9. Meta Title Occurrence: if the keyword is used in the meta title;

  10. Meta Description Occurrence: if the keyword is used in the meta description;

  11. Equity Backlinks MOZ: the backlinks that are giving value according to MOZ;

  12. Total Backlinks MOZ: total number of backlinks from MOZ;

  13. Domain Authority: metric used by MOZ to show how authoritative a domain is;

  14. FCP (First Contentful Paint): measures the time from when a page starts loading to when any part of that page’s content is rendered on the screen;

  15. FIP (First Input Delay): the time it takes for the browser to respond to the user’s first interaction;

  16. LCP (Largest Contentful Paint): the amount of time to render the largest content element visible in the viewport, from when the user requests the URL;

  17. CLS (Cumulative Layout Shift): proportion of the viewport that was impacted by layout shifts and the movement distance of the elements that were moved;

  18. Overall PSI Score: page speed overall score that ranges from 0 to 100.

So, we’ve already explained the logic of the code and the variables that we’re going to obtain. Let’s get started with the process of getting the required public data for the automated analysis.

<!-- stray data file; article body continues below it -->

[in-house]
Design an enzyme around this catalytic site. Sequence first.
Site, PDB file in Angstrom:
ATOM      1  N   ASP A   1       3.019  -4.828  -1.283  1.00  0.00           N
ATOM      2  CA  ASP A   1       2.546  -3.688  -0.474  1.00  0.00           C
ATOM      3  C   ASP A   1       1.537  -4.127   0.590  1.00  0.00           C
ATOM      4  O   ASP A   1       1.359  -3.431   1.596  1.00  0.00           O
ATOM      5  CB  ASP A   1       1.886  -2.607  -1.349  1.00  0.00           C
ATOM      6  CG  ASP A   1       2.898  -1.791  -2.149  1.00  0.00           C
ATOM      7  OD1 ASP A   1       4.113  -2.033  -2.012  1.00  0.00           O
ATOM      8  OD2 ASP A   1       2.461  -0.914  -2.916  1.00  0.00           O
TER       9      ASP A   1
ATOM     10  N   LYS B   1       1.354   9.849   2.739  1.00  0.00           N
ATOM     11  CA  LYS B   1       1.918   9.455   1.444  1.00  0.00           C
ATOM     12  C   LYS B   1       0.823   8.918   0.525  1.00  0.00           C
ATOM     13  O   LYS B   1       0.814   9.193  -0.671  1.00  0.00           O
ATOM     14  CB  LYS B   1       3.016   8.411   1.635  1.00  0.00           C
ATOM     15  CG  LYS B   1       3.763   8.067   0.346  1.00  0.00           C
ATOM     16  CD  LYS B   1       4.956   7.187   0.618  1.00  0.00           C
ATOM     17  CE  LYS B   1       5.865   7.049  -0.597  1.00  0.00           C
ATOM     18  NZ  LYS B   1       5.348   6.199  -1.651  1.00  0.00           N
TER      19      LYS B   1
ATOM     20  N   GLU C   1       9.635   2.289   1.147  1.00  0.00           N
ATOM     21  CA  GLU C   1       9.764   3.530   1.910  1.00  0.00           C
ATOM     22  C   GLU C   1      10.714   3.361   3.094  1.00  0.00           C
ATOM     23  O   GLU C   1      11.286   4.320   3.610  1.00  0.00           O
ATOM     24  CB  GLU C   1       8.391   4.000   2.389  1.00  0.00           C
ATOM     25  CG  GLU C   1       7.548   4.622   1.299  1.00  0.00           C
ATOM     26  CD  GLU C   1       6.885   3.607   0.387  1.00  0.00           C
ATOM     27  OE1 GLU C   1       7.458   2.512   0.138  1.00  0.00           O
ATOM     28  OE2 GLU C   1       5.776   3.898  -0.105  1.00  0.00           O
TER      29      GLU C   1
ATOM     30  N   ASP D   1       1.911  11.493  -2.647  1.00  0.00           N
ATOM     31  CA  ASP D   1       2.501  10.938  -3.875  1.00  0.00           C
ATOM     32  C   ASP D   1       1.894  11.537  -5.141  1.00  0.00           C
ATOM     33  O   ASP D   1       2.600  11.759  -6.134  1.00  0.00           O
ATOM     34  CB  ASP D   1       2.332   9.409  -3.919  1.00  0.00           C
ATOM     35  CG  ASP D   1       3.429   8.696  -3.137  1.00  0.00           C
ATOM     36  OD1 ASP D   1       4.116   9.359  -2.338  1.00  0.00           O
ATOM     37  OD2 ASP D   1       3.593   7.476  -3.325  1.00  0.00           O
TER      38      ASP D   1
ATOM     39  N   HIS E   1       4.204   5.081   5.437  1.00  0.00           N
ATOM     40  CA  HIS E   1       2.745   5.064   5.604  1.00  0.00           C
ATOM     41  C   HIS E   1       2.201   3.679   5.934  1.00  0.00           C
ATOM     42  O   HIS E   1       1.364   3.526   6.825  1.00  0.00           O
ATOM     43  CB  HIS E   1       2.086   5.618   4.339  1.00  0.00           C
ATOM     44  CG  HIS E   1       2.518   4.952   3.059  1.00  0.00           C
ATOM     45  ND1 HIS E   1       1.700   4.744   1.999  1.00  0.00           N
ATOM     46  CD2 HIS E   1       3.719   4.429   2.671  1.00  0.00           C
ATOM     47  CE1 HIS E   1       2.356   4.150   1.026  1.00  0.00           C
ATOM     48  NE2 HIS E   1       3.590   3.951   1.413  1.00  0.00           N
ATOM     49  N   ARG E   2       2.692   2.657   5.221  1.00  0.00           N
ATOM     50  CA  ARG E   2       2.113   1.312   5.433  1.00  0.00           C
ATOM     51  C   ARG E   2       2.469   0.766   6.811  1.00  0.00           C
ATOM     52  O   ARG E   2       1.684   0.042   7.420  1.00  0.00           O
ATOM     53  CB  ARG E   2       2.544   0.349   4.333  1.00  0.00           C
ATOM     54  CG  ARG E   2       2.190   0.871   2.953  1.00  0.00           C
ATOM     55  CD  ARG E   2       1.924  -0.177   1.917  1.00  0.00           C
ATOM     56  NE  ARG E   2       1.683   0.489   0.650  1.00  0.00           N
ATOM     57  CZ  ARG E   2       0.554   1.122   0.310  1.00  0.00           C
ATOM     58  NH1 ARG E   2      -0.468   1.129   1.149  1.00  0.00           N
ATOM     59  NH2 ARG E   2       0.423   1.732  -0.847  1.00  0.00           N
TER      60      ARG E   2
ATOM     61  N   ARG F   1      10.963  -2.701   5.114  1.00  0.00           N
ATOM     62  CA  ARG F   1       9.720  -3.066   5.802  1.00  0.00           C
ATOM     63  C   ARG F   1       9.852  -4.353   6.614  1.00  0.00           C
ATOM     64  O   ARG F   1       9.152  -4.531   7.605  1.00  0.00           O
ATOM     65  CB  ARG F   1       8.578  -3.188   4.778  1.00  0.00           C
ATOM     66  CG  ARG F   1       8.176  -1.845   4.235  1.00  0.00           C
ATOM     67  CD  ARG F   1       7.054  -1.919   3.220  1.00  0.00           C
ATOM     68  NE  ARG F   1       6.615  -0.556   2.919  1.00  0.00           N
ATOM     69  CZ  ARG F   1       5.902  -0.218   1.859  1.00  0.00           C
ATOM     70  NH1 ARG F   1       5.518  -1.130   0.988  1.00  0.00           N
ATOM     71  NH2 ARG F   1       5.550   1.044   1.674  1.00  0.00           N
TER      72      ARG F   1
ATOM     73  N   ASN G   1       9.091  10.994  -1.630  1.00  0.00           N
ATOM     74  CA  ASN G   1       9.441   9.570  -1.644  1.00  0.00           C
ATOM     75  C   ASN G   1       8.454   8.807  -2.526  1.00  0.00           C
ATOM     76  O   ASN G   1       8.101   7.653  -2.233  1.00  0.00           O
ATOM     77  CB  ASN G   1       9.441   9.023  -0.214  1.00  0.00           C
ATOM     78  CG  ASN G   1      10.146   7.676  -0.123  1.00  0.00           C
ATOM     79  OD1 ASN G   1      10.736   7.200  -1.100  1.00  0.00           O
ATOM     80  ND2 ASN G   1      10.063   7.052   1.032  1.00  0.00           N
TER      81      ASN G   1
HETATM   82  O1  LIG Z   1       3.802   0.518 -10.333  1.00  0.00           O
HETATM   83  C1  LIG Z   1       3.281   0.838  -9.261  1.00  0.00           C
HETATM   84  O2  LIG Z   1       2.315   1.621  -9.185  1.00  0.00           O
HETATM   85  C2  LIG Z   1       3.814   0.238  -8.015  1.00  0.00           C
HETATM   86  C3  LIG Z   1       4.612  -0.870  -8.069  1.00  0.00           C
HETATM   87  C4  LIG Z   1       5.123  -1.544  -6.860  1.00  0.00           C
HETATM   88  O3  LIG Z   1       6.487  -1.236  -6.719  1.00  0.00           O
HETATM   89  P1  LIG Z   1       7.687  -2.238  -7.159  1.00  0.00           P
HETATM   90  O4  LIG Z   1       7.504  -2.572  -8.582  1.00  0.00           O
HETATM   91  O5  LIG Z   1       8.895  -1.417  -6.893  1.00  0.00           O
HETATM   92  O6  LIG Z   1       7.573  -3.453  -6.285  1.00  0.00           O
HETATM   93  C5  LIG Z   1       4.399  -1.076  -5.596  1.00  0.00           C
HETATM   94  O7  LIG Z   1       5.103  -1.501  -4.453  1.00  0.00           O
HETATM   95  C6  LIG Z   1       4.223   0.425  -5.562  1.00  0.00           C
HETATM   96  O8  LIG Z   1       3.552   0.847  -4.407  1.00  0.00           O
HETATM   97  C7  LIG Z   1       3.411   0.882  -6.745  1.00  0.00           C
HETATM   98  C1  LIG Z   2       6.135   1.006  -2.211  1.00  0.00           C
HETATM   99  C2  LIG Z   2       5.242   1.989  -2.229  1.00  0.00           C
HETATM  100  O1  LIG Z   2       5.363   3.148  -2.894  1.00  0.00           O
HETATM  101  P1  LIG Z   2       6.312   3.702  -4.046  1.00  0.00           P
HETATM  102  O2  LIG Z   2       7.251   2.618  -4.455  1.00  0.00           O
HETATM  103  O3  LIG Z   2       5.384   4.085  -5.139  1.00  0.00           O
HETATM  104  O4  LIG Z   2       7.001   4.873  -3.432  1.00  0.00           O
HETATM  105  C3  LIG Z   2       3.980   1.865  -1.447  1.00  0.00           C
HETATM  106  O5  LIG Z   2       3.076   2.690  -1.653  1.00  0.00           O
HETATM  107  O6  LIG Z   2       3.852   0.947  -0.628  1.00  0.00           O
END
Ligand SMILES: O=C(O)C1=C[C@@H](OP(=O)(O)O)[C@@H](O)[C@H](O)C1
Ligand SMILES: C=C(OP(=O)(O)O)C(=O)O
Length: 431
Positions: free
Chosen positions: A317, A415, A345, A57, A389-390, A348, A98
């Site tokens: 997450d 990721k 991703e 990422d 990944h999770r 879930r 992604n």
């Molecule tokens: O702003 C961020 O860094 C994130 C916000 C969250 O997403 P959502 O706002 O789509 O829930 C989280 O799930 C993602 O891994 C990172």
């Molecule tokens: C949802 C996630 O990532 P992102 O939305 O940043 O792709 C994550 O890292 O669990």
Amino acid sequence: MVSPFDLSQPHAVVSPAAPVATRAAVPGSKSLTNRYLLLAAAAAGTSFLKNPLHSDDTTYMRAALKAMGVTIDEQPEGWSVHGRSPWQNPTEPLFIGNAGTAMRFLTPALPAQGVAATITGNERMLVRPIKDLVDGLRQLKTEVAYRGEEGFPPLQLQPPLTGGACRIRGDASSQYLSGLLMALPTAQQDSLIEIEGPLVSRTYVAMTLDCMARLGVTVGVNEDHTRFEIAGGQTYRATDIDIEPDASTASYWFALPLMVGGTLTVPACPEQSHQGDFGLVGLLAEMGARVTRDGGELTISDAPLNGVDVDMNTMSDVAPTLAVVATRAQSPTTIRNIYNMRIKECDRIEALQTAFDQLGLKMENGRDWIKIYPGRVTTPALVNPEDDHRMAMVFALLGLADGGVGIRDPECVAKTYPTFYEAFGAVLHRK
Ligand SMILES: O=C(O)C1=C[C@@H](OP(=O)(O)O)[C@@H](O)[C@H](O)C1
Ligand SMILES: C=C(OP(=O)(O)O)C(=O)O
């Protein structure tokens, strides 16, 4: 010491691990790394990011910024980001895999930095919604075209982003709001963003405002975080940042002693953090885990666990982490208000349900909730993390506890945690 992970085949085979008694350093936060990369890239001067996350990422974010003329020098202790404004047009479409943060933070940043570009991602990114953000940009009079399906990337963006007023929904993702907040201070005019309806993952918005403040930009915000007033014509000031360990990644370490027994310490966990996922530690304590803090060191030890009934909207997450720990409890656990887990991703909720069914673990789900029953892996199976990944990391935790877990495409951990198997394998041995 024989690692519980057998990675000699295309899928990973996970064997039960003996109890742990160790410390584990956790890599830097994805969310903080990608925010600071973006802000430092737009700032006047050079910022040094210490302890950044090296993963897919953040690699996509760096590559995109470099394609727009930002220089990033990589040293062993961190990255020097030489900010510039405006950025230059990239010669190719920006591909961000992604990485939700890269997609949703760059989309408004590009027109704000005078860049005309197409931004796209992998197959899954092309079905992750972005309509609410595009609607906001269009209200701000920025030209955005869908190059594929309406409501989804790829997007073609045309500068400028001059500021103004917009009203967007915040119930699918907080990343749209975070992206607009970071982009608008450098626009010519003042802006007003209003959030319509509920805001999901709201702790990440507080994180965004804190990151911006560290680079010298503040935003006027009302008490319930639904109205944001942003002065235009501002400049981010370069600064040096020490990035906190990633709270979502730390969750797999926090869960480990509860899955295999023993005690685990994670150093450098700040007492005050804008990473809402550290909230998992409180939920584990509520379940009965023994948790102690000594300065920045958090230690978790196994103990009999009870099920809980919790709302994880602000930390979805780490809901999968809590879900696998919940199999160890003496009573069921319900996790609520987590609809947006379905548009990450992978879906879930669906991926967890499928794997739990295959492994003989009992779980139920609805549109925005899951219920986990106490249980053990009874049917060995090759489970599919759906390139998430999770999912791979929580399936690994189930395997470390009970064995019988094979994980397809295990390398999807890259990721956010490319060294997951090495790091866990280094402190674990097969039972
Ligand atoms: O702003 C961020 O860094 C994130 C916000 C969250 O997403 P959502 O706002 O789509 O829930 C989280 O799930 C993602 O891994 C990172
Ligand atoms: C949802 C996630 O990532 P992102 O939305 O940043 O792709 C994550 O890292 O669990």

Using Oxylabs’ solution to retrieve the SERPs results

First of all, we’ll use Oxylabs’ SERP Scraper API to extract the top results from the SERPs for an inputted keyword. Remember that you’ll need to get your API username and password to use this piece of code. You’ll also need to input a keyword.

import requests

keyword = "<your_keyword>"

payload = {
    "source": "SEARCH_ENGINE_search",
    "domain": "com",
    "query": keyword,
    "parse": "true",
}

response = requests.request(
    "POST",
    "https://realtime.oxylabs.io/v1/queries",
    auth=("<your_username>", "<your_password>"),
    json=payload,
)

list_comparison = [
    [x["url"], x["title"]]
    for x in response.json()["results"][0]["content"]["results"]["organic"]
]

* You’ll need to specify the exact source, for example, the largest search engine.

Example content of list_comparison: